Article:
In a way, it reminded me of Napa Valley, and I’m not completely shocked considering the restaurant is helmed by Chef Graham House, who spent time in Northern California. The New York Times loved the restaurant, and the dishes are truly elevated and thoughtful, so don’t expect typical bar fare. In fact, Sovereign Remedies serves up organic, local and sustainable ingredients in beautifully plated dishes. The Bavette Steak with wildflower butter and radicchio hit all the right spots for me, one of the reasons to visit Asheville, North Carolina!
4. There are more hotels than ever before.
As I mentioned earlier, almost 20 hotels have opened since my visit in 2013. Not all of them are notable, but visitors have more options. At the time of my last visit, the only hotels you’d even consider are Grand Bohemian Asheville and Omni Grove Park Inn.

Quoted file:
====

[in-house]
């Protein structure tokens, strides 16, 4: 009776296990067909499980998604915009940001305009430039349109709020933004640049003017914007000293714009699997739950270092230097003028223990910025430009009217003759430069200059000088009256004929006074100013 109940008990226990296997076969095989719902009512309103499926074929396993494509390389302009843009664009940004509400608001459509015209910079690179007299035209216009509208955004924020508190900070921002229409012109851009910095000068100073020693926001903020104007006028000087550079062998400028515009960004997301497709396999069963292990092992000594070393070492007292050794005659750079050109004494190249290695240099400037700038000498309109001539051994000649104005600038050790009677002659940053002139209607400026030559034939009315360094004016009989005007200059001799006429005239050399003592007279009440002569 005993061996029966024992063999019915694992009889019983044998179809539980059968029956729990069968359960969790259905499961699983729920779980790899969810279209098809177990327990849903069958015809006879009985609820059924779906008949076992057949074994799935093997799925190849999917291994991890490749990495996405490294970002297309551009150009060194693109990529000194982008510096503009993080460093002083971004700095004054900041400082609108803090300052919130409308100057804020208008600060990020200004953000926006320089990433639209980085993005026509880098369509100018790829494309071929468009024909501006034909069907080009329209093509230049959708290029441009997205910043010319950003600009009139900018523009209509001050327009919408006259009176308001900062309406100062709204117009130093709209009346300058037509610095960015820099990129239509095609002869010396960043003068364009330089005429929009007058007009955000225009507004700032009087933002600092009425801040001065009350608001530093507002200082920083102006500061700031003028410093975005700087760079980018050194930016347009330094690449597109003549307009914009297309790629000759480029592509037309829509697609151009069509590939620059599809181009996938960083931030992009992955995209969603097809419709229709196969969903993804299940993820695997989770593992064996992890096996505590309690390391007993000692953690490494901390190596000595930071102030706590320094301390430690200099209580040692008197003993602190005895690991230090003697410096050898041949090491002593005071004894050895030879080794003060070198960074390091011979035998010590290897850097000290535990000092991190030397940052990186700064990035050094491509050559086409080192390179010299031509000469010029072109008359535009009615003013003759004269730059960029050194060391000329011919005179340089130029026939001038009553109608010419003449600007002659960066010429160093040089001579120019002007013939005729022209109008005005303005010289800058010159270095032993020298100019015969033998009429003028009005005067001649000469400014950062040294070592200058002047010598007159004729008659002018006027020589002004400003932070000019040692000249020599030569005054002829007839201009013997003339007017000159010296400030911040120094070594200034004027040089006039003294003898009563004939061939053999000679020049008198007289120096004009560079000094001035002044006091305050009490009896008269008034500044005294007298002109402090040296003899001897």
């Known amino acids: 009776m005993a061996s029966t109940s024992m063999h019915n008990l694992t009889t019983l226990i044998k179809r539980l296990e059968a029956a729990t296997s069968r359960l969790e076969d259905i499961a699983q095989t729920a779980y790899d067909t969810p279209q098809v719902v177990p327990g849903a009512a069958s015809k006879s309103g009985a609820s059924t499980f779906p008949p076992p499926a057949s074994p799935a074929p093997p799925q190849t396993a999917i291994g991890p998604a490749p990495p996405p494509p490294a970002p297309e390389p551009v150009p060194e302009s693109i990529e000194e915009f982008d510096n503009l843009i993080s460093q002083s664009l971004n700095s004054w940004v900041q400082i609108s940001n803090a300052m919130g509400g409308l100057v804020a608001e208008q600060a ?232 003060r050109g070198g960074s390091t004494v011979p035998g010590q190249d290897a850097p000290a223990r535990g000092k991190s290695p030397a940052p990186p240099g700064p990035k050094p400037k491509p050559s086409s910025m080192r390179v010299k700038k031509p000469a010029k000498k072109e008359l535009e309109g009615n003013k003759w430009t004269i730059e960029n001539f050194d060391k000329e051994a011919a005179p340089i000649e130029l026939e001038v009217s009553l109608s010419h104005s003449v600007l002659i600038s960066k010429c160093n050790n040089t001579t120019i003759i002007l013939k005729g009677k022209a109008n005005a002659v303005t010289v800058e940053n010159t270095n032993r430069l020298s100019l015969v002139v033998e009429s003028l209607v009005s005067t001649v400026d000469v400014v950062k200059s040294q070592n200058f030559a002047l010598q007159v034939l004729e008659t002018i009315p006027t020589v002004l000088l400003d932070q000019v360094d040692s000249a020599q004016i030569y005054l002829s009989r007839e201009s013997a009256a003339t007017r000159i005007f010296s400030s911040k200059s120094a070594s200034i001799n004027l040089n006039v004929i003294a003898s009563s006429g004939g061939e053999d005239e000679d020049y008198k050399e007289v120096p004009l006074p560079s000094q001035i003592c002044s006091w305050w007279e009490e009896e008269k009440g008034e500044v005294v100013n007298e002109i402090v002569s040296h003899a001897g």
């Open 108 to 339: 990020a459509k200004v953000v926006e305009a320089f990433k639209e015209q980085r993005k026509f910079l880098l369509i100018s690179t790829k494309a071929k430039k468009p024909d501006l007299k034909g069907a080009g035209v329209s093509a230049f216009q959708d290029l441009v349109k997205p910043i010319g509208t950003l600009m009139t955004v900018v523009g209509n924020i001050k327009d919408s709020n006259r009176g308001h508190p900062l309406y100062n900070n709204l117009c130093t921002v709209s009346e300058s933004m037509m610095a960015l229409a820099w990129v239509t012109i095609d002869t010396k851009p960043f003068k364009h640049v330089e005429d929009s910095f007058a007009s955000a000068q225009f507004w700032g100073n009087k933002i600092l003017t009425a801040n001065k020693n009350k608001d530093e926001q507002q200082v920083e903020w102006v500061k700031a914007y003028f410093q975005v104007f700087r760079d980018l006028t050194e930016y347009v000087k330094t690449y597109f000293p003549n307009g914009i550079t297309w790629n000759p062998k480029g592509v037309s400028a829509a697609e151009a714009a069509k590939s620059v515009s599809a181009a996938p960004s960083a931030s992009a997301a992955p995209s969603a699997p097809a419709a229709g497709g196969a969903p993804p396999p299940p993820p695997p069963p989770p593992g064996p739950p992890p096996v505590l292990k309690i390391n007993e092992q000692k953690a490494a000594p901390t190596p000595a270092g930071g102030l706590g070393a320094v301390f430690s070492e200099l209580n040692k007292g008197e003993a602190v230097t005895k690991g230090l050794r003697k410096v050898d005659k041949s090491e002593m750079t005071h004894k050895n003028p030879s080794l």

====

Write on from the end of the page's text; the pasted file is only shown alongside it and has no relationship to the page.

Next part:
5. You can bring your dog basically anywhere.
I travel often with my pup Ruby, and I consider all the pet-friendly factors when visiting a city. Asheville checks off all the boxes. Most Asheville hotels are pet friendly (we stayed at Kimpton Hotel Arras since Kimpton is the most pet-friendly hotel chain in the world, and we rarely saw a guest without a pup here), there are ubiquitous green lawns and yards and parks, shops are incredibly pet-friendly (and there are tons of boutique pet shops) and even restaurants that have patios allow dogs and offer dog menus, like Sunny Point Cafe, Daphne at Twisted Laurel and Posana.
What made Asheville even more pet-friendly is that you can book Asheville dog city tours. On the tour with Dog Door, which you can book here, we stopped at local shops with dog goodies, breweries that love pups and even dog concept shops.